Why Isn’t Golf More Like Wrestling?


One of the reasons we like sports has to do with the competitive nature of man.  The more personal the competition gets the more we like it.  The games that involve mutual loathing and intense rivalry bring in the most fans.  Would anyone care about the upcoming UT vs. South Carolina game if everyone wearing orange didn’t hate Steve Spurrier’s guts?  Is it a coincidence that NASCAR exploded in popularity about the same time Earnhardt fans started calling Jeff Gordon a homo?  Is anyone shocked that the most memorable and talked about part of the recent World Cup was a vicious head butt sparked by intemperate remarks about the player’s momma?

We tend not to like it when everyone is chummy and getting along.  It takes personal rancor and bitterness to connect with the paying public.  In golf, there is the Tiger vs. Phil rivalry.  Sort of.  Both put on a phony act for the public.  Both spout robotic cliches to the press.  Both despise the other.  I don’t even care why.  I’m just glad to see it.   It gives golf that added-value of hatred.  As Tom Reagan once said about reasons, "It helps to have one."

This week is the Open Championship.  Or as it is more commonly known, The British Open. The big talk has been the Nick Faldo vs. Tiger rivalry.  Nick hasn’t won in years and spends more time in a broadcast booth than he does competing for a trophy.  But, Nick had the temerity to criticize Lord Woods’ swing changes, as he was paid to make such observations.  Then the best news possible, the two would be paired for the first two rounds.

_1249291_woods300.jpgIn happier days.  Nick putting the Green Jacket on Tiger after the 1997 Masters.




Faldo has always been my favorite golfer.  Or at least since his Masters win in 1996, when Greg Norman, with a six shot lead, choked liked he ate an entire turkey.  As Norman bled strokes, Faldo capitalized and won by five strokes.

Nick’s reign as The Best Golfer in the World only lasted for 98 weeks.  Once Tiger made his mark in the ’97 Masters, the wins for Faldo, Norman and their generation became few and far between.   His three Masters and three British Open titles would have to be enough.

His personal life was a glorious train wreck.  He was a disciplined and personally aloof player who didn’t get on well with the press or other players.  But in private, he was a man with a penchant for getting divorced and winding up with women considerably younger.  One ex-girlfriend went after his Porsche with a wedge, or maybe an eight-iron. 

Now he has become an acclaimed television golf analyst,  first for ABC and now for the Golf Channel.  Things were looking up for Nick.  Until it was announced that he would be paired with Tiger for the opening round of the British Open.  Now we are talking!  Tiger’s still pissed and Faldo isn’t backing down.  This should be good.  British bookmakers are laying odds on whether there will be a fist fight on the course!  It is like a dream come true.  Golf being taken to a new level by actual brawling on the course.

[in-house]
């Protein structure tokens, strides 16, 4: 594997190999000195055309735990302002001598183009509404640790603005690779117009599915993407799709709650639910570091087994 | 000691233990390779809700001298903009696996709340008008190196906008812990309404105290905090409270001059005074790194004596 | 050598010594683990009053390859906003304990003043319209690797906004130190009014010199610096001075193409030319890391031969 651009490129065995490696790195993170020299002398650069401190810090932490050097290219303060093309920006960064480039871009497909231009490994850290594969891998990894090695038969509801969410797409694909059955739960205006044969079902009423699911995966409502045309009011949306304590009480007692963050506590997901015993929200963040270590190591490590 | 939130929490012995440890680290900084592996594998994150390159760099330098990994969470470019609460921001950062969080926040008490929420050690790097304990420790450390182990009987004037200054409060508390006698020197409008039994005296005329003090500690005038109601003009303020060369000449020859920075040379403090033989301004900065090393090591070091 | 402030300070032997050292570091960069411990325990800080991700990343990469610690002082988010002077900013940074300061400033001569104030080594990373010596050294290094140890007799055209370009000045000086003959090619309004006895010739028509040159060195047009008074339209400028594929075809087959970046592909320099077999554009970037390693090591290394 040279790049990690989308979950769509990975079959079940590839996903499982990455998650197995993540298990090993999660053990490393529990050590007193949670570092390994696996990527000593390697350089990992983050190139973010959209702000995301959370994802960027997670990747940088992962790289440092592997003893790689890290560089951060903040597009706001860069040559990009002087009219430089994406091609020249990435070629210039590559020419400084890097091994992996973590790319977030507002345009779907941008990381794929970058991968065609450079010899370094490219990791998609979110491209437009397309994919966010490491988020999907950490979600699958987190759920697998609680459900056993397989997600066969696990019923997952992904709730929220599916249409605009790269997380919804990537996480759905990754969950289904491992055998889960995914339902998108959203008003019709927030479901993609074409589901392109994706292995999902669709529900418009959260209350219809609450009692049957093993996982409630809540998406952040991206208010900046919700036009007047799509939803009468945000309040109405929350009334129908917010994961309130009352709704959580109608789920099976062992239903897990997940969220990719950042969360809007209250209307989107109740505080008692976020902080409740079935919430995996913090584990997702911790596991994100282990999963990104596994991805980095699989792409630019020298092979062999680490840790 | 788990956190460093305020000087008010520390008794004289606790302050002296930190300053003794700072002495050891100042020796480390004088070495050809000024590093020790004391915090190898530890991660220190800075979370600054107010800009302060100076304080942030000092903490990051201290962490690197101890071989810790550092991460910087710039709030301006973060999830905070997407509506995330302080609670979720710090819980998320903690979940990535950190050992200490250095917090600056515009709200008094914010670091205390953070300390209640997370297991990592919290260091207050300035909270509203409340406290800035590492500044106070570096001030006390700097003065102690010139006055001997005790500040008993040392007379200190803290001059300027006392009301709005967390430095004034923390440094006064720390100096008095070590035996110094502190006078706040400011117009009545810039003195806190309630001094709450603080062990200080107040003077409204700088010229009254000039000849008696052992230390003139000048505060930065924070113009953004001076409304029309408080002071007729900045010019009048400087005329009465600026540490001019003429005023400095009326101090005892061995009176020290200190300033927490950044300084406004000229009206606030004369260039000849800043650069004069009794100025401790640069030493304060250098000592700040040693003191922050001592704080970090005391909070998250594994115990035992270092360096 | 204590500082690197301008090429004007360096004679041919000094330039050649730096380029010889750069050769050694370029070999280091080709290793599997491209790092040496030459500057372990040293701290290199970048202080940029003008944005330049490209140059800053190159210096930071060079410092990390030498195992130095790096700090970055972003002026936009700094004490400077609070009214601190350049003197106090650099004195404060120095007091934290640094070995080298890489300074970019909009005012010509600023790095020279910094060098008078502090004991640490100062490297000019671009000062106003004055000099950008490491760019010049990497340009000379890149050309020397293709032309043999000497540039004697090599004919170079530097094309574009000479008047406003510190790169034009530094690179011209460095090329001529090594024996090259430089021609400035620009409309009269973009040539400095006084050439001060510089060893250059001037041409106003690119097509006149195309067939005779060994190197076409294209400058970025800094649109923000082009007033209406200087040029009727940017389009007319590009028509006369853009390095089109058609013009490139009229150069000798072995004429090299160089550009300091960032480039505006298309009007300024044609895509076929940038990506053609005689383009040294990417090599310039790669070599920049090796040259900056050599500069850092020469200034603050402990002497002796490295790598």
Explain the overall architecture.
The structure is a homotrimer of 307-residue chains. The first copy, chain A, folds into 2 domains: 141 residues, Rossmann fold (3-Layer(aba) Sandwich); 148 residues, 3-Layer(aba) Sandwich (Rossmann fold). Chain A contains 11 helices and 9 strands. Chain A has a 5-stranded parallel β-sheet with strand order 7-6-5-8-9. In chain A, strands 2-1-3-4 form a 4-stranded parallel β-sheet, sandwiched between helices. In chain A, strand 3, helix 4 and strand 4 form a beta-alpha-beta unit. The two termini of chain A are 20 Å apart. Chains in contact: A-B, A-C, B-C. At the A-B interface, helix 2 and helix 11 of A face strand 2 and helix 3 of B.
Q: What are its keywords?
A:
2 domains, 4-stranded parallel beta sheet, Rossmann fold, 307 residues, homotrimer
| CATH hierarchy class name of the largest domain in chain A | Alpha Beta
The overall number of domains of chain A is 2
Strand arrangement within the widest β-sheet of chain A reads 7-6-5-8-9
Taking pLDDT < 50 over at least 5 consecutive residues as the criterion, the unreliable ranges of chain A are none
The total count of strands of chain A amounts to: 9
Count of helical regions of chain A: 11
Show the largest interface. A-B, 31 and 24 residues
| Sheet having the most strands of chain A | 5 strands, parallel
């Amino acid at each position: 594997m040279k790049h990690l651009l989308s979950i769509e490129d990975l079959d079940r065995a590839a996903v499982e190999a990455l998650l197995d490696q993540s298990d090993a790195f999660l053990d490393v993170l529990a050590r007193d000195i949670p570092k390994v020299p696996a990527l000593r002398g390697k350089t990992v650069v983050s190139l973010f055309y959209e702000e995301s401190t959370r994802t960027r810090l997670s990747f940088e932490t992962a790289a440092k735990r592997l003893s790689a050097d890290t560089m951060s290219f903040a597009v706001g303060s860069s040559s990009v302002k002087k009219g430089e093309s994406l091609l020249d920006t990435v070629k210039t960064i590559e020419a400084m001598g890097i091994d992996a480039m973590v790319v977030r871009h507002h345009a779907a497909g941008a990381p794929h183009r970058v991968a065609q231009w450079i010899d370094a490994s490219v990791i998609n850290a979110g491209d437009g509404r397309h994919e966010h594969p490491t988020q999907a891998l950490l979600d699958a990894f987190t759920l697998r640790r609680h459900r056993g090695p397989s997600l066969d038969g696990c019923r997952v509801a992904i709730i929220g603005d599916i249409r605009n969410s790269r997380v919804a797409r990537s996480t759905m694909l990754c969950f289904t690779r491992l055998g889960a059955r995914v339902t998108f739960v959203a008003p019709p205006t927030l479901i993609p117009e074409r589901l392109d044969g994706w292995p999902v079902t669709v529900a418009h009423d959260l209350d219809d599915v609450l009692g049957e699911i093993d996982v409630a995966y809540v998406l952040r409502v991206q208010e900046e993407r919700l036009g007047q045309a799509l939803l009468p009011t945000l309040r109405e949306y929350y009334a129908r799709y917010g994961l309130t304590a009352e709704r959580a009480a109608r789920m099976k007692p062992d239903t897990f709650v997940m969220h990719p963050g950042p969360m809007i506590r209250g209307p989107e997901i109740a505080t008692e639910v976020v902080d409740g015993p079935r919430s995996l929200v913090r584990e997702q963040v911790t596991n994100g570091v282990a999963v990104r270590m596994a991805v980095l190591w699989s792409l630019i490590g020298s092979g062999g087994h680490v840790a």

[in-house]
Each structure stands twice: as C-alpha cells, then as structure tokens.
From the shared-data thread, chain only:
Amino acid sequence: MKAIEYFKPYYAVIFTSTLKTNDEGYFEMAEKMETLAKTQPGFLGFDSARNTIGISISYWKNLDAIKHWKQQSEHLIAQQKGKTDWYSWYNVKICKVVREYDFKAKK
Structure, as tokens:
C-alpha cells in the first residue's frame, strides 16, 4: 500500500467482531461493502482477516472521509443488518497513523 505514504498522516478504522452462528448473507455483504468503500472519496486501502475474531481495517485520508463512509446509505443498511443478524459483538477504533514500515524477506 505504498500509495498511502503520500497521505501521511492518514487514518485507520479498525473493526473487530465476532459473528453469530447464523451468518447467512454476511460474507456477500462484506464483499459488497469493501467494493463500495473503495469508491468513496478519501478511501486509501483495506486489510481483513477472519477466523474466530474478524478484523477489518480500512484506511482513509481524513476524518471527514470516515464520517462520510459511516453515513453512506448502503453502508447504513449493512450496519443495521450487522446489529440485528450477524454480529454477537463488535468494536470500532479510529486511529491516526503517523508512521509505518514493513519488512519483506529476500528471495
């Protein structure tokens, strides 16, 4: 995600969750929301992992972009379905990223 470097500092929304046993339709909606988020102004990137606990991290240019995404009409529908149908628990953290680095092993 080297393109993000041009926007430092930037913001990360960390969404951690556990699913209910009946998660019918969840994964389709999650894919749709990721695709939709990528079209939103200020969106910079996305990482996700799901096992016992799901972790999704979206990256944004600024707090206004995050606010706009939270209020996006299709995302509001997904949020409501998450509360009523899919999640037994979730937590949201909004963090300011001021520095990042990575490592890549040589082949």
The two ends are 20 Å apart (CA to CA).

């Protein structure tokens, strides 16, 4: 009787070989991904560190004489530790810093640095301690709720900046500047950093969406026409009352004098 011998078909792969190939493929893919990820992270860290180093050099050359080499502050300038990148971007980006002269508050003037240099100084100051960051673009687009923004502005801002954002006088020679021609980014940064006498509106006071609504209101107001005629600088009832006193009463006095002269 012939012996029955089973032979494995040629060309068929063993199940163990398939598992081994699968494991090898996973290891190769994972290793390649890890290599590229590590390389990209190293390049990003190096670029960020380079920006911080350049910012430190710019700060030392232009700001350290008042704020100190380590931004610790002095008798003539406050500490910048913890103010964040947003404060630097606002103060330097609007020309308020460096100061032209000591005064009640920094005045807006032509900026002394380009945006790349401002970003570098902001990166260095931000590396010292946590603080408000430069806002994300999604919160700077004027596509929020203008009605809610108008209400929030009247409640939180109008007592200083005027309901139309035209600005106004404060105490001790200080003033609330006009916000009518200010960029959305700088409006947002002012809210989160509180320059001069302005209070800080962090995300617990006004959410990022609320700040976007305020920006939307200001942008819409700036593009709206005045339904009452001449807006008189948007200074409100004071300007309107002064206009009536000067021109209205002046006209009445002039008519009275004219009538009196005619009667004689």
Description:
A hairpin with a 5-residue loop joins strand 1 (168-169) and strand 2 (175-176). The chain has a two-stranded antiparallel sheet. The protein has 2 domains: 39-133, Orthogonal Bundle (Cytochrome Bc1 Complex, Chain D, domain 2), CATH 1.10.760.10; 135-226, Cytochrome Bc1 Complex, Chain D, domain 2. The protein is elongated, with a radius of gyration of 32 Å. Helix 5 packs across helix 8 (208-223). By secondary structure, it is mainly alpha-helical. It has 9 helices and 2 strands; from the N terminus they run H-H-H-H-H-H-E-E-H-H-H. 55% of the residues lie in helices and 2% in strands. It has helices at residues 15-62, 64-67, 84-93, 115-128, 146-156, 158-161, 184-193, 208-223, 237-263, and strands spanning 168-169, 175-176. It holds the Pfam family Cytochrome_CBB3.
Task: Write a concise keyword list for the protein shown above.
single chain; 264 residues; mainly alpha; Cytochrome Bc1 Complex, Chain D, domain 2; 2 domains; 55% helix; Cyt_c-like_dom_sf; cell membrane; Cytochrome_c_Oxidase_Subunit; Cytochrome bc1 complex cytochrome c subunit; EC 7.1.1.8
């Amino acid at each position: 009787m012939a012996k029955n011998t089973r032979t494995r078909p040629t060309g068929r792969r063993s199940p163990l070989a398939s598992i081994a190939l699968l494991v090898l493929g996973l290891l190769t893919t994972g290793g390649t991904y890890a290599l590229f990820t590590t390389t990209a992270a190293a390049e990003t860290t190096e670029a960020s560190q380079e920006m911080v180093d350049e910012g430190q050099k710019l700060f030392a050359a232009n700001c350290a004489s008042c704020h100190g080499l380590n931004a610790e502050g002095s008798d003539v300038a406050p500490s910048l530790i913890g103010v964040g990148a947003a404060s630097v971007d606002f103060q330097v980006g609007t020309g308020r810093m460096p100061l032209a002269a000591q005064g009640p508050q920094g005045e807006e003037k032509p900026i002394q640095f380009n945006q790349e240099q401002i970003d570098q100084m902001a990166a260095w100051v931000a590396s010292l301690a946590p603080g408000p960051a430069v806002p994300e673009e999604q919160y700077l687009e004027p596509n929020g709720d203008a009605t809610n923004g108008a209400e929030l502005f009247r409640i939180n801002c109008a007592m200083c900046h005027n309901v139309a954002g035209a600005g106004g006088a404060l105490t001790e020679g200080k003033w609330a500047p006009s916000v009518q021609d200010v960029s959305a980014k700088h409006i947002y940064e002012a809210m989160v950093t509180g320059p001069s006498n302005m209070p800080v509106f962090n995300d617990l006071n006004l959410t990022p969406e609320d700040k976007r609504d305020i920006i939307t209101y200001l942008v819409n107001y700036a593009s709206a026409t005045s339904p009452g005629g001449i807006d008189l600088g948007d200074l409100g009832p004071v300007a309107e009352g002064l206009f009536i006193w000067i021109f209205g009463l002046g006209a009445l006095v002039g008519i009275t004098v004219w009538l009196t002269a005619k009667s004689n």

Imagine my utter disappointment when this photo ran this morning


Noooo. Don’t make nice.  Make it a tension and acrimony filled round.  I had ten bucks on who would throw the first punch.  Now watching golf has to go back to being boring. 

My life is empty and meaningless. 



Hold on!  I swear I just heard Charles Nelson Reilly call Richard Dawson an "asshole" on Match Game.  Hot damn! 




4 Responses to “Why Isn’t Golf More Like Wrestling?”

  1. Exador Says:

    One of them needs to accidently hit the other one with a long drive, without yelling "Fore!"That would spark the war, or at least all the gossip. "Was it on purpose? I think so."

  2. Sarcastro Says:

    Your ignorance of sports is truly astounding. If they are playing together, they can’t hit each other with a long drive, as they are both standing on the tee box.

  3. Jagosaurus Says:

    Then one could just hit the other with a golf bag. Or, perhaps, a caddy. The unexpectedness and unwieldiness of it would be spectacular. Then it would definitely be more like wrestling.

  4. Exador Says:

    Mrs Schwartz poses this inciteful question:If they don’t like each other, why do they play together?

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